Unsung heroes: Obituary delayed for Albert William ‘Al’ Trimble

Unsung heroes: Obituary delayed for Albert William ‘Al’ Trimble.

It’s been 22 years this November since the passing of Albert William “Al”
Trimble. His death in 1982, at the age of 54, was little noted in the
newspaper that, at the time, covered much of Sioux territory, the Lakota
Times. There was no obituary, merely a terse and cursory announcement of
his death.

It must be noted that in the 1975 Oglala Sioux tribal election Trimble
solidly defeated Richard “Dick” Wilson for the office of President. The
Lakota Times was a strong supporter of Wilson, and although that election
was several years before the Times began publishing, it was apparently the
cause for the posthumous snub. Yet Trimble is viewed by many Oglalas as one
of the tribe’s greatest governmental leaders. This column serves as his
obituary, long delayed.

He was born in Interior, S.D., in 1928, and was raised in Wanblee village
on the Pine Ridge Reservation. He spent most of his school years on the
reservation, but graduated from Haskell Institute in 1946. He served in the
U.S. Army in the immediate post-World War II period.

Rising from clerical ranks, Trimble held several high-level positions in
the BIA during a 20-year career. He served as superintendent of the Pine
Ridge Reservation in the months leading up to AIM’s Wounded Knee occupation
in 1973. His efforts to stop the abuses of the OST President, Dick Wilson,
particularly his alleged use of tribal program funds for personal purposes,
led Wilson to press the Bureau for his removal. The BIA conceded, and he
was transferred to that agency’s offices in Albuquerque, N.M. There, in
virtual exile, he decided to retire early from federal service and run on a
reform ticket for the presidency of the Oglala Sioux Tribe.

In 1975, in a campaign marked by violent attacks on him and his family,
Trimble won the election by a decisive margin, and set out on a campaign of
healing and reform. First, measures had to be taken to change the tribal
governance from a virtual dictatorship to one responsive and accountable to
the electorate.

Under the new Indian Self-Determination Act, his first action was to secure
tribal control of the reservation police, and set up citizen review panels
to help curb abuse on their part. This action also served to disband the
hated goon squads.

He decentralized the tribal government, giving the districts more autonomy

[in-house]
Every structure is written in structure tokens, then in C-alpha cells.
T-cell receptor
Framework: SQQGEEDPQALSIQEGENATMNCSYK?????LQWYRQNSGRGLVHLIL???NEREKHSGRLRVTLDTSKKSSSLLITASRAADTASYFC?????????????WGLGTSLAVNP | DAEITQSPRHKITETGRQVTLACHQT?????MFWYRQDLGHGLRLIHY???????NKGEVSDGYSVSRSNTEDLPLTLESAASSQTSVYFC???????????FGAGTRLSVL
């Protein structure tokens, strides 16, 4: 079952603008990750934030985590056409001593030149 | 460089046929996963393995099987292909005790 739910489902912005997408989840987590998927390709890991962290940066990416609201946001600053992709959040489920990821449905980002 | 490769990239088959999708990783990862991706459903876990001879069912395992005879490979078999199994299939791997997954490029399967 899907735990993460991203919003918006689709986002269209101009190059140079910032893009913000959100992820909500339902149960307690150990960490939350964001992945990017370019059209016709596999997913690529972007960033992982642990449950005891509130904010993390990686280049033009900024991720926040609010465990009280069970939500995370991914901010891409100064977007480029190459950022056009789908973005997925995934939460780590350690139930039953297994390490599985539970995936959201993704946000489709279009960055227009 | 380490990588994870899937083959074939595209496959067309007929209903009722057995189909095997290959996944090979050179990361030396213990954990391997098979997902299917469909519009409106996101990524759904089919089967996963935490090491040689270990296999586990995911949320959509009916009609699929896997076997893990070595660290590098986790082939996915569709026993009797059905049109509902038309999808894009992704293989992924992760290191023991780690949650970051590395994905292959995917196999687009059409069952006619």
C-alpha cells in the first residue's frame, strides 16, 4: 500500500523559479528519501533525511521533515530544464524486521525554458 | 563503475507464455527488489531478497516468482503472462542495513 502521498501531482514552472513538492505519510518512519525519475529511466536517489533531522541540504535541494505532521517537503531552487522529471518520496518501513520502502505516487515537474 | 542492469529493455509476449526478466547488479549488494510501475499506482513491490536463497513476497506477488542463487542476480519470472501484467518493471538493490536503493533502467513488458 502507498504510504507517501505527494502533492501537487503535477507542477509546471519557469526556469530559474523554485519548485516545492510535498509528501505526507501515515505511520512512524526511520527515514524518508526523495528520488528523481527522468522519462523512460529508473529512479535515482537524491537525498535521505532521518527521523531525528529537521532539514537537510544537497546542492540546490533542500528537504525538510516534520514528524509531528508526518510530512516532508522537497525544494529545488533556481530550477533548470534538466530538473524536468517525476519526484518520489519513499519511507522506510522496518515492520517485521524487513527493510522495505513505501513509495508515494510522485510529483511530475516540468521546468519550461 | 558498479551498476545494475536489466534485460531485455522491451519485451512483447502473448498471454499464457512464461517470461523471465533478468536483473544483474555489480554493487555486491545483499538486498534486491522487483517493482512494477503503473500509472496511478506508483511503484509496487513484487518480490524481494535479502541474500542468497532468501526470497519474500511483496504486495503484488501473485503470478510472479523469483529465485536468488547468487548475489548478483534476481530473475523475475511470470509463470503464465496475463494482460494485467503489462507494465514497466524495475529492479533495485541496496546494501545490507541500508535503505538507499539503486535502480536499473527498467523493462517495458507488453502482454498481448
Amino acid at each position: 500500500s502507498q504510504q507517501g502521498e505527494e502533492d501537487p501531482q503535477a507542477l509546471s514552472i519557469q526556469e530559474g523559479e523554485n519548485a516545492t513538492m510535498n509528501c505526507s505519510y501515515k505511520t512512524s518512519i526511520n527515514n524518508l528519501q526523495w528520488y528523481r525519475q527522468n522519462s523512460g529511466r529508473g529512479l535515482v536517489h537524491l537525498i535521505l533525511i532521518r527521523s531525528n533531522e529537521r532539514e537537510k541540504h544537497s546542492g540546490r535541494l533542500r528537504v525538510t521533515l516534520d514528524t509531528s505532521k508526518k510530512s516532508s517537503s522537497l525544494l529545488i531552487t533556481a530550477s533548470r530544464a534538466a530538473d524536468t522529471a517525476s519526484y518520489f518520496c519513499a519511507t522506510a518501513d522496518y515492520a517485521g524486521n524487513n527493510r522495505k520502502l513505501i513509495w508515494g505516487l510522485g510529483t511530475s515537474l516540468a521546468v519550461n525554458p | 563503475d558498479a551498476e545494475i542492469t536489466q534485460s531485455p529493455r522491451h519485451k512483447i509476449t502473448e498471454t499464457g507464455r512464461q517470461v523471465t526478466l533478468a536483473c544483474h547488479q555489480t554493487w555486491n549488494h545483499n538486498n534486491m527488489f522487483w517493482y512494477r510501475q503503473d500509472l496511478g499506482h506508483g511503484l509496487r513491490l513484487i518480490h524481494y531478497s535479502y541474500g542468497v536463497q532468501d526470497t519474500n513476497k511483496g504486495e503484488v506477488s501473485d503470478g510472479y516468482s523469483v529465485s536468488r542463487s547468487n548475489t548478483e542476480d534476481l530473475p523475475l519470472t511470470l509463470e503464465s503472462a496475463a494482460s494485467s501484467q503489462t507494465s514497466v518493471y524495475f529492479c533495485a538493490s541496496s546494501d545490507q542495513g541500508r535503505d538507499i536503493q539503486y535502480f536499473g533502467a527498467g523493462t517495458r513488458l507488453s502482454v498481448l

and resources, and pushed the council into an annual round-robin schedule
of meeting in each of the districts. To further their confidence, he
secured funds to build district meeting centers throughout the reservation.
The tribal seat at Pine Ridge he saw as a colonial outpost and he sought to
move political control from Pine Ridge to the districts, and he envisioned
a new tribal capital in the geographic center of the reservation. This, he
felt, would also move the economic center inward for greater benefit to all
tribal members. The new capital would be called Piya Wiconi, meaning “New
Beginning” in the Lakota language.

But, sapped of strength by the strenuous schedule and a congenital heart
condition, he had little energy to mount his reelection campaign, and lost
his bid for a second term. However, the reforms he put in place were etched
into the hearts of the people, and to this day they are loath to surrender
them.

He lived to see the first building constructed on the high grassy hill
where he envisioned Piya Wiconi would be located. The tribal college,
Oglala Lakota College, would be headquartered in the modern structure that
crowned the prairie horizon there. That institution keeps alive his dream
of a new capital.

Although in his final months he served as executive director of the
National Congress of American Indians, the greatest honor to him personally
was the presidency of his tribe, and his greatest achievement was the
reforms he instituted in tribal government there.

At the memorial dinner ending the customary year of mourning, Suzan Harjo
summed up his life in a written tribute: “We have lost a great leader as
well as a great healer.”

Charles E. Trimble is an Oglala Lakota from the Pine Ridge Indian
Reservation. He was principal founder of the American Indian Press
Association in 1970, and served as executive director of the National
Congress of American Indians from 1972 – 78. He is president of Red Willow
Institute in Omaha, Neb., and a columnist for Indian Country Today.

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